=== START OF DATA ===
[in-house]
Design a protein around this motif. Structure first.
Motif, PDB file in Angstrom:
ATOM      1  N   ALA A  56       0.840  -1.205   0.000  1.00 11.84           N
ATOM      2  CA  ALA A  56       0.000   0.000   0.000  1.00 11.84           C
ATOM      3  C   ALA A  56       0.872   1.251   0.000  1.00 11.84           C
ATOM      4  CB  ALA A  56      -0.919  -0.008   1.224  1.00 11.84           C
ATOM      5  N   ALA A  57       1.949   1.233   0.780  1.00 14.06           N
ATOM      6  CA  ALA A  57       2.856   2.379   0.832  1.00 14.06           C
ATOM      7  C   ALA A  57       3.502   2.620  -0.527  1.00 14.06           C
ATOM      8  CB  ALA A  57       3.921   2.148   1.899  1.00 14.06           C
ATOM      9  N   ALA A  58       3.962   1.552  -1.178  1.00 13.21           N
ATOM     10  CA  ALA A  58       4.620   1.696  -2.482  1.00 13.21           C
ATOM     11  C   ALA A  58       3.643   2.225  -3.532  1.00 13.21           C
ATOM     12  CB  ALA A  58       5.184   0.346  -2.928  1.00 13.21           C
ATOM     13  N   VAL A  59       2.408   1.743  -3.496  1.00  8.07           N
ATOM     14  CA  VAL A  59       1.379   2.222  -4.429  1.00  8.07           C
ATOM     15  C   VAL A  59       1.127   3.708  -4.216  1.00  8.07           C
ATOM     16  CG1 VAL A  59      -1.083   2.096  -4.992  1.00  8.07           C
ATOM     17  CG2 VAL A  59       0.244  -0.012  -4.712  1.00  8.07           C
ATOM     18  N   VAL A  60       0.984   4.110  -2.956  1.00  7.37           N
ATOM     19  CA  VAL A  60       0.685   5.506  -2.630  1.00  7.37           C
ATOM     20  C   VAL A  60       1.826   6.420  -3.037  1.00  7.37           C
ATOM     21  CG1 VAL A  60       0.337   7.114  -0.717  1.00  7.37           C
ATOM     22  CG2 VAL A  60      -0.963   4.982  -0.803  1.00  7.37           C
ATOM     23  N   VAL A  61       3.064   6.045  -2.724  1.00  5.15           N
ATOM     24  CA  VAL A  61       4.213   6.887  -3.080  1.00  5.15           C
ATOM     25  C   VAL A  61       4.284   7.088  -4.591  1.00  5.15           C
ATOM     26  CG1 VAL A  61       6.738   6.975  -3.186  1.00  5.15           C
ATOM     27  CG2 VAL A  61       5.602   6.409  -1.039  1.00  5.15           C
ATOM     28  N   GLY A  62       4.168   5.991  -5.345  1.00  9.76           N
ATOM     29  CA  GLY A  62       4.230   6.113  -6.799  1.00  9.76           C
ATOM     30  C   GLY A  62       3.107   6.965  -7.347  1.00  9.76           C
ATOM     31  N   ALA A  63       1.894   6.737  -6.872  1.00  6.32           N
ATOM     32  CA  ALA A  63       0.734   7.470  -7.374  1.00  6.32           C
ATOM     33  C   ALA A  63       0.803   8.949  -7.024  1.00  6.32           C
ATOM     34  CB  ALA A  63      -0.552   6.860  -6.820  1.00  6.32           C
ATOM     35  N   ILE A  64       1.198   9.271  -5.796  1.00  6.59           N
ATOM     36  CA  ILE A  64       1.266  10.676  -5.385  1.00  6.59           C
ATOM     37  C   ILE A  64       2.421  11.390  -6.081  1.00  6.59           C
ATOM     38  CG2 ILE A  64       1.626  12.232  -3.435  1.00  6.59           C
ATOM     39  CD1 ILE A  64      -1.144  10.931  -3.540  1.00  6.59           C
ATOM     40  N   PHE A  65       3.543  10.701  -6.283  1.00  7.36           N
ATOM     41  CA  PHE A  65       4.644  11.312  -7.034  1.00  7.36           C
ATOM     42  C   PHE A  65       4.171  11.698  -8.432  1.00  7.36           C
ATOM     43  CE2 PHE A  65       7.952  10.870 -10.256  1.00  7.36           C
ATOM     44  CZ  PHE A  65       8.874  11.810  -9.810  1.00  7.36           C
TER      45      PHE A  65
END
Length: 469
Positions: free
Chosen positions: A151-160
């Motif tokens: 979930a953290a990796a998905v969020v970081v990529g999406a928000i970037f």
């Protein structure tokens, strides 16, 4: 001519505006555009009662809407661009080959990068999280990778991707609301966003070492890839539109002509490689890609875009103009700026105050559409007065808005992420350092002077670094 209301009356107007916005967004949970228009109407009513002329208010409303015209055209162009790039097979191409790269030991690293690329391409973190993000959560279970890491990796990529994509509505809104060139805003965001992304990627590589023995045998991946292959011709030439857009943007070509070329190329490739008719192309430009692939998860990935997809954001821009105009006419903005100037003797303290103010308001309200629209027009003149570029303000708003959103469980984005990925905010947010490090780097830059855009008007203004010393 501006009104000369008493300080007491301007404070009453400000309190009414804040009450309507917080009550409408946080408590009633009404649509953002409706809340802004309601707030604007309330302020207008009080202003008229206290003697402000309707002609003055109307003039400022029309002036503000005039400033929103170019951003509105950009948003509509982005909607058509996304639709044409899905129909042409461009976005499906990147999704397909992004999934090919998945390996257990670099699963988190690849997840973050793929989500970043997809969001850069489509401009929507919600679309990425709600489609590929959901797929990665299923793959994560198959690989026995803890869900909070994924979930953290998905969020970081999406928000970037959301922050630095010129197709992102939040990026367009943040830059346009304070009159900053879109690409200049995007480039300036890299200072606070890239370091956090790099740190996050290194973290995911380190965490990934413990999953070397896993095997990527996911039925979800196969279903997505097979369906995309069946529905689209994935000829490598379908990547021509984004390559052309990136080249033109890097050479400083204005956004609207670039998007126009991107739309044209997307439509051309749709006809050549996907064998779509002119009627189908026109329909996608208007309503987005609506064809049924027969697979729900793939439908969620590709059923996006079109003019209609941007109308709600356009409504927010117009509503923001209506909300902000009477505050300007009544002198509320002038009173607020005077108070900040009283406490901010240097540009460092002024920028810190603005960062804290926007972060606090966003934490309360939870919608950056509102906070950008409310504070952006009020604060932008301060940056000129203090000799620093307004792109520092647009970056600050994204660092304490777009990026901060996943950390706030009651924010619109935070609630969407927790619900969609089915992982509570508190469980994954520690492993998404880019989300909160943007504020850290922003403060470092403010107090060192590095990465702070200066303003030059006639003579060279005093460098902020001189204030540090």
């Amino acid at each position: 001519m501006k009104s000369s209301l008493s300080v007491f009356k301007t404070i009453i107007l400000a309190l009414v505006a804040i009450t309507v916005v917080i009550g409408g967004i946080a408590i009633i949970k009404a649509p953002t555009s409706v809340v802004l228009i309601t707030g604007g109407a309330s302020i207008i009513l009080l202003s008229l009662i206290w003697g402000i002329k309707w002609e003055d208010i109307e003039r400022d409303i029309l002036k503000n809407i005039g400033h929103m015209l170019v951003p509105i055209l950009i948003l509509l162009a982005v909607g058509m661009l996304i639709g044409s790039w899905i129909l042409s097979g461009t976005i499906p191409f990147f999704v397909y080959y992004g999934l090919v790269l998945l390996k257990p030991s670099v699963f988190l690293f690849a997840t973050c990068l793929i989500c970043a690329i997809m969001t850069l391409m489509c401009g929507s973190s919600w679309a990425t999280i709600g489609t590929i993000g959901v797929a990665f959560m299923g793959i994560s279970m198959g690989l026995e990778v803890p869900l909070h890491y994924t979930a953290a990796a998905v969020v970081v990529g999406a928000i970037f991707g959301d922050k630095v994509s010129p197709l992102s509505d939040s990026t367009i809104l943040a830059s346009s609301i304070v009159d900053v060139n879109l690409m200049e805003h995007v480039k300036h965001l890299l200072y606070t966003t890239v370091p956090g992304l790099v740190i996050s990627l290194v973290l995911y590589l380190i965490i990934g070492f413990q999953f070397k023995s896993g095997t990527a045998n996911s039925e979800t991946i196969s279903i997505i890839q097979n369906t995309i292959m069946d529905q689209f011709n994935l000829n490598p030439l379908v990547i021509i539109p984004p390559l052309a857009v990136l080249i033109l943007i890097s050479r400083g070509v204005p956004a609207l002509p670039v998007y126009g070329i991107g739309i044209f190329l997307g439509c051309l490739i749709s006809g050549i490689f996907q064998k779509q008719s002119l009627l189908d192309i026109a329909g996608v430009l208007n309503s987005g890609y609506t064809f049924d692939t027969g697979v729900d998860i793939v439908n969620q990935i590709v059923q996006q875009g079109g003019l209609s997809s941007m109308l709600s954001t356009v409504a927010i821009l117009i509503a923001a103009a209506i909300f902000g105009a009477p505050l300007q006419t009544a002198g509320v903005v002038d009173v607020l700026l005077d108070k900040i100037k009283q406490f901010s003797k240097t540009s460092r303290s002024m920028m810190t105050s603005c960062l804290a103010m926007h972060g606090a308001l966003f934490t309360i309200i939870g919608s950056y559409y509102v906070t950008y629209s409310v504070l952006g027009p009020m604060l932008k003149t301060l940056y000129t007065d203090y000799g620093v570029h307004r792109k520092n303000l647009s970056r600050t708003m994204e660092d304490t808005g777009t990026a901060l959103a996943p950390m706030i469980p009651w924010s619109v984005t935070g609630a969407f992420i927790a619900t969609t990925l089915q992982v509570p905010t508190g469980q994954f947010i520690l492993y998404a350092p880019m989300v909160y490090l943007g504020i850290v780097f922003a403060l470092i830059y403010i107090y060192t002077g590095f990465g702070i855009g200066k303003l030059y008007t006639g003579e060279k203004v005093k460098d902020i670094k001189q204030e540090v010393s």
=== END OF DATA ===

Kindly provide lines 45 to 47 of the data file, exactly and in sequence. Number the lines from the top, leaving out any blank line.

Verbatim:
ATOM     42  C   PHE A  65       4.171  11.698  -8.432  1.00  7.36           C
ATOM     43  CE2 PHE A  65       7.952  10.870 -10.256  1.00  7.36           C
ATOM     44  CZ  PHE A  65       8.874  11.810  -9.810  1.00  7.36           C